Asynchronous class usage

How to use the asynchronous library?

Include and link

This library is header only. The user must include the header file and add the dependency to the manifest.

Include the main header for the library.

#include <tcp_client/AsyncClient.h>

Add to the manifest the dependency.

<depend package="tcp_client"/>

Class usage

The main class is based on the boost::asio library, before usage the user should be acquainted with the naming scheme of the boost library. Link to library

The boost tcp communication relies on a input/output service. The user must declare the service using as:

boost::asio::io_service io_service;

The service constructor has no arguments. With the service declared the user must declare the AsyncClient class.

AsyncClient comm(io_service,server_ip,server_port);

The class constructor receives the io service, the server ip and port (both as std::string). Once the constructor is called the class will schedule a connection attempt.

The user may specify a connection event handler. This function will be asynchronously called once a successful connection is established.


In this example the class method connectionHandler will be used, the boost::bind is used to link a class method with the class instance handler_class_instance.

The connectHandler member of the AsyncClient is a boost::signal slot, it also supports non-member functions.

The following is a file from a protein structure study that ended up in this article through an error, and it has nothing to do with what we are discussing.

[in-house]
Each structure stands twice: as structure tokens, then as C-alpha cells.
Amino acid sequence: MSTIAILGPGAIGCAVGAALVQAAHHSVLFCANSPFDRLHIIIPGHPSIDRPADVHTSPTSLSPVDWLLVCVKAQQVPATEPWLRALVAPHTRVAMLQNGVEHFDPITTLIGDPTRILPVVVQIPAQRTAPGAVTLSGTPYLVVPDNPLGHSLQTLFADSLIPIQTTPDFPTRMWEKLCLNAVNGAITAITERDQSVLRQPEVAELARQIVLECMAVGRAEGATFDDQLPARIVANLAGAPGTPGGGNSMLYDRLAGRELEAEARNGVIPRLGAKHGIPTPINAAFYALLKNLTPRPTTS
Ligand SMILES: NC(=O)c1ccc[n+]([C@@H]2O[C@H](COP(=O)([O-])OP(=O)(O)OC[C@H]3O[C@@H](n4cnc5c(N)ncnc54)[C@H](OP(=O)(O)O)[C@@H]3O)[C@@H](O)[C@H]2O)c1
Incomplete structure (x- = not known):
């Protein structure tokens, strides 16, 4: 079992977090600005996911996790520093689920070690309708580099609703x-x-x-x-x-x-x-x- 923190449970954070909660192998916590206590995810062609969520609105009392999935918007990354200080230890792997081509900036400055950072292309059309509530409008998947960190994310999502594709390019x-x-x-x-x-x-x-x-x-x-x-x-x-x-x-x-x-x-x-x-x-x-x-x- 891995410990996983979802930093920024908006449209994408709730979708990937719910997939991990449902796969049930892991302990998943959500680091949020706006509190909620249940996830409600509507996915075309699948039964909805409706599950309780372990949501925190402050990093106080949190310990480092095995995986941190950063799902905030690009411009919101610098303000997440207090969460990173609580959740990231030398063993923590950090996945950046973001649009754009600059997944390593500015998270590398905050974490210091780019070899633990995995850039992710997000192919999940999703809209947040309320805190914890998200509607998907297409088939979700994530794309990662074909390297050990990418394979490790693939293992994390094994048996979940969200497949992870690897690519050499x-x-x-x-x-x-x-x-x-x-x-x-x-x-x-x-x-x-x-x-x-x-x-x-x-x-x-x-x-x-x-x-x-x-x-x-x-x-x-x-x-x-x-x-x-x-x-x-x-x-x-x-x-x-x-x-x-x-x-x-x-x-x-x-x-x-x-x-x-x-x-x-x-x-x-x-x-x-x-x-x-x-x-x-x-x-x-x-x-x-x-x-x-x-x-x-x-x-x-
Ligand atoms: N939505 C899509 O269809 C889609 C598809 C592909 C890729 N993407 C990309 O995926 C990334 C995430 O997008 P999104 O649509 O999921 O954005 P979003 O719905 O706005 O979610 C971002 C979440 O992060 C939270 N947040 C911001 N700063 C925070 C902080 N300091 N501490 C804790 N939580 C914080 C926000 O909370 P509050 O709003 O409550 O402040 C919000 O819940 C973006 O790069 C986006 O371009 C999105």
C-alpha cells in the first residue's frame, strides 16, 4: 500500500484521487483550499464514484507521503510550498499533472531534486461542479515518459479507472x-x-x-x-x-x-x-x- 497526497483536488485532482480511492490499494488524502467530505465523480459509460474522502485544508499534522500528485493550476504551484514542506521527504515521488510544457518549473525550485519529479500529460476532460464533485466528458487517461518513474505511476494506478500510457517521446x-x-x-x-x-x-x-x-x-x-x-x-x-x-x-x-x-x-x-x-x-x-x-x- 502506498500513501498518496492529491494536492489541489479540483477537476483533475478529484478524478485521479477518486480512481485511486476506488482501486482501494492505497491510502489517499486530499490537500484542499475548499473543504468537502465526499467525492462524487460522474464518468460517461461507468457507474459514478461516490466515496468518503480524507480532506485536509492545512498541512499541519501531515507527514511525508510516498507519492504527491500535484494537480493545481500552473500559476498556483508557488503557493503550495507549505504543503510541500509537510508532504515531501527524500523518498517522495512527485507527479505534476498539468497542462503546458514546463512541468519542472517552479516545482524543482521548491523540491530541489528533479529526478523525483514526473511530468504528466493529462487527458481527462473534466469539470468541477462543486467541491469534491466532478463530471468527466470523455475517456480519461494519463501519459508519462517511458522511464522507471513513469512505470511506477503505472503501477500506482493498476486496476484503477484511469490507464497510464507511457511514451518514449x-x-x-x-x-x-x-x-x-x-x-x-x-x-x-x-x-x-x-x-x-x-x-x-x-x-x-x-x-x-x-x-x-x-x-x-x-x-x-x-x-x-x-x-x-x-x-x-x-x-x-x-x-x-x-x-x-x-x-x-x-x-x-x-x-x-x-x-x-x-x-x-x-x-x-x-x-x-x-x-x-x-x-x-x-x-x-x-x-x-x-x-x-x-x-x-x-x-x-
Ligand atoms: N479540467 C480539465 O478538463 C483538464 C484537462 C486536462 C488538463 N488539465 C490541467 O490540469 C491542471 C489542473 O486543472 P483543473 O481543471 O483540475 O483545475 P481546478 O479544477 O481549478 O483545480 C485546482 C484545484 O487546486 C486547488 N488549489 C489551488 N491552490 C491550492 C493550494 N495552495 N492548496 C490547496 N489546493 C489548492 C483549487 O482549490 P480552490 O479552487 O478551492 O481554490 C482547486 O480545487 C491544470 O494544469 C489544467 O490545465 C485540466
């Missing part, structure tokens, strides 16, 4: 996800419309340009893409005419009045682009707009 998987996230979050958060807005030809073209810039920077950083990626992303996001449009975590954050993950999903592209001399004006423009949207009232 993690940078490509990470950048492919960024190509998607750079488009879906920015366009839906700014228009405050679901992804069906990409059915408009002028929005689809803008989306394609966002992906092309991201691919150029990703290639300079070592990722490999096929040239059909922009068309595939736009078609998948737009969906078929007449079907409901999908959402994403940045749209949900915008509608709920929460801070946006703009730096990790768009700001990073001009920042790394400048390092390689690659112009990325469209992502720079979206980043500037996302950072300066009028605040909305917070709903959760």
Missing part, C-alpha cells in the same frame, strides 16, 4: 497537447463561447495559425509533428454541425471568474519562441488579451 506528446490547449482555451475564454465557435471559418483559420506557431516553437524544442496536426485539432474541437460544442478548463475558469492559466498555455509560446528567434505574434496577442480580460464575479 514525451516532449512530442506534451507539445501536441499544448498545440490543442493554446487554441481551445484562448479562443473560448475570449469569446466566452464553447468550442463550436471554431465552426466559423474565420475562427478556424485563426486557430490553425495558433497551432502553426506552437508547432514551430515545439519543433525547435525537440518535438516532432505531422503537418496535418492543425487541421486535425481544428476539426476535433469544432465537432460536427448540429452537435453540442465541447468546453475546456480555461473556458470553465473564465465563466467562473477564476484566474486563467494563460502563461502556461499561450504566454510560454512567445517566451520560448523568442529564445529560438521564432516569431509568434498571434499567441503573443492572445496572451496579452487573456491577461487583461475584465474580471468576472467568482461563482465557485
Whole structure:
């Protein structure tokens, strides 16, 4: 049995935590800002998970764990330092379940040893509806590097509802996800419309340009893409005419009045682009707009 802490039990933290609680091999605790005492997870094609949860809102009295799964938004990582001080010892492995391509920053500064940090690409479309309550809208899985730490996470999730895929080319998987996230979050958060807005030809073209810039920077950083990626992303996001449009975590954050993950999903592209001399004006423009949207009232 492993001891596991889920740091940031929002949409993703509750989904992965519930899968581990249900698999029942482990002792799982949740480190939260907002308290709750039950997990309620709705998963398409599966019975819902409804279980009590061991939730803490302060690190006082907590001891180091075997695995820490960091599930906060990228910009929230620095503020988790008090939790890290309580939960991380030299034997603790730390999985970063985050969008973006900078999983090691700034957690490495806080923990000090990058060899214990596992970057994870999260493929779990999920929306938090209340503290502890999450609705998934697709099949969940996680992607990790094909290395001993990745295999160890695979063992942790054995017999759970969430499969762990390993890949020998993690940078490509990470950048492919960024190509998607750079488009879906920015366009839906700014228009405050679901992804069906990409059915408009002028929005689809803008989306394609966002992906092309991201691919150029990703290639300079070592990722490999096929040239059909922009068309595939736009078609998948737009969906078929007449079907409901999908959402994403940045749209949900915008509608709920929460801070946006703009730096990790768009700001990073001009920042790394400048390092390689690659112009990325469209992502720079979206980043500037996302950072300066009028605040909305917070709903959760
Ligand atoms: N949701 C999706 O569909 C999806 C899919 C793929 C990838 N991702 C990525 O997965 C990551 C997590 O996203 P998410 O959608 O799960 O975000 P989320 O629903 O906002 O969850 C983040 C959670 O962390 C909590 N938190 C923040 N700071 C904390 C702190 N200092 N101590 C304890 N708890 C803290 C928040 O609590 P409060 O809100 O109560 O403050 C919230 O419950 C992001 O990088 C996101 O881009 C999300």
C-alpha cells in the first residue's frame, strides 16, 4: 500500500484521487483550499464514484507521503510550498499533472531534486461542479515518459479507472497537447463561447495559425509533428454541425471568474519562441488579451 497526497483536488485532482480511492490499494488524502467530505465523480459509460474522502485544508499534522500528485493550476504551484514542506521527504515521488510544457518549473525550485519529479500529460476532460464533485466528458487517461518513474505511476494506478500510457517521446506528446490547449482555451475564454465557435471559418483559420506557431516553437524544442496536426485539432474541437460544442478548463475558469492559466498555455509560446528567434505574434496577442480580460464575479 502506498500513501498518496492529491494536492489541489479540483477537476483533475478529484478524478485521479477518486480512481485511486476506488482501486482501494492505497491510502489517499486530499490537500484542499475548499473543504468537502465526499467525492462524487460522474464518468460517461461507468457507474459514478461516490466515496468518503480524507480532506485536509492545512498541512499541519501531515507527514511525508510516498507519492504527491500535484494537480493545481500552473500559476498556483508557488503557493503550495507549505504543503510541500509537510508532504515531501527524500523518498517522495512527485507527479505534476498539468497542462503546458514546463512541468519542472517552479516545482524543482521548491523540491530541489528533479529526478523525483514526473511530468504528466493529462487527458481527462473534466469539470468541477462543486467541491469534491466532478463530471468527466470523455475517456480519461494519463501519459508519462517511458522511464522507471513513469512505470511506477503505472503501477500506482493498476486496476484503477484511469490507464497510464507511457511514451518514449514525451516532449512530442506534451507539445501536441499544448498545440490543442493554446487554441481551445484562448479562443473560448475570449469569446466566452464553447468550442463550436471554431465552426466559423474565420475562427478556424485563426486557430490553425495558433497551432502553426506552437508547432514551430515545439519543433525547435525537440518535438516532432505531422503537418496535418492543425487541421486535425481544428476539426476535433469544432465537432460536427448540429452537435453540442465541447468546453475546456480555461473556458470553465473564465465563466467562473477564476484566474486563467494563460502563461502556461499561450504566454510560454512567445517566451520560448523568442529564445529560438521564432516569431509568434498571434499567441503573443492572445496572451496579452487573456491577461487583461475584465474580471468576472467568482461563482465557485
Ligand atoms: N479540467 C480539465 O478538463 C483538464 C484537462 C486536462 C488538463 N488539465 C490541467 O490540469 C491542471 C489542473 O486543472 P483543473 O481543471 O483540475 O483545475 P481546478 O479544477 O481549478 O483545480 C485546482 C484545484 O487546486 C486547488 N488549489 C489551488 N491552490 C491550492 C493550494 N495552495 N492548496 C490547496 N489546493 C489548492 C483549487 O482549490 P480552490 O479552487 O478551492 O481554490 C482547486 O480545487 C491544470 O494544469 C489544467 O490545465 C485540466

The user can also specify a receive data event handler. This function will be asynchronously called once a complete line is available (terminated with \n by default, see the AsyncClient class constructor documentation for additions details on how to change this behavior).


The final step to initialize the communication is to run the io service. this can be achieved by calling the run method on the io_service instance. Since we are talking about asynchronously communication the best practice is to run this method on a separate thread, using, by example, boost::thread:

boost::thread thread(boost::bind(&boost::asio::io_service::run, &io_service));

Once the tread is launched the process continuously tries to establish a connection to the server. If the connection is lost, the class schedules a new reconnection attempt.

To write to the server the user can simply call:

comm.write("hello world!");

This functions receives a std::string as input and schedules an asynchronous write request.

The io service can be closed asynchronously from another thread by calling:

//Stop the io service running in a separate thread

An to join the asynchronous thread:

//Join the thread

This example, due to the extra boost functions, requires additional includes:

#include <boost/bind.hpp>
#include <boost/thread/thread.hpp>
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Author(s): Jorge Almeida
autogenerated on Wed Jul 23 04:34:44 2014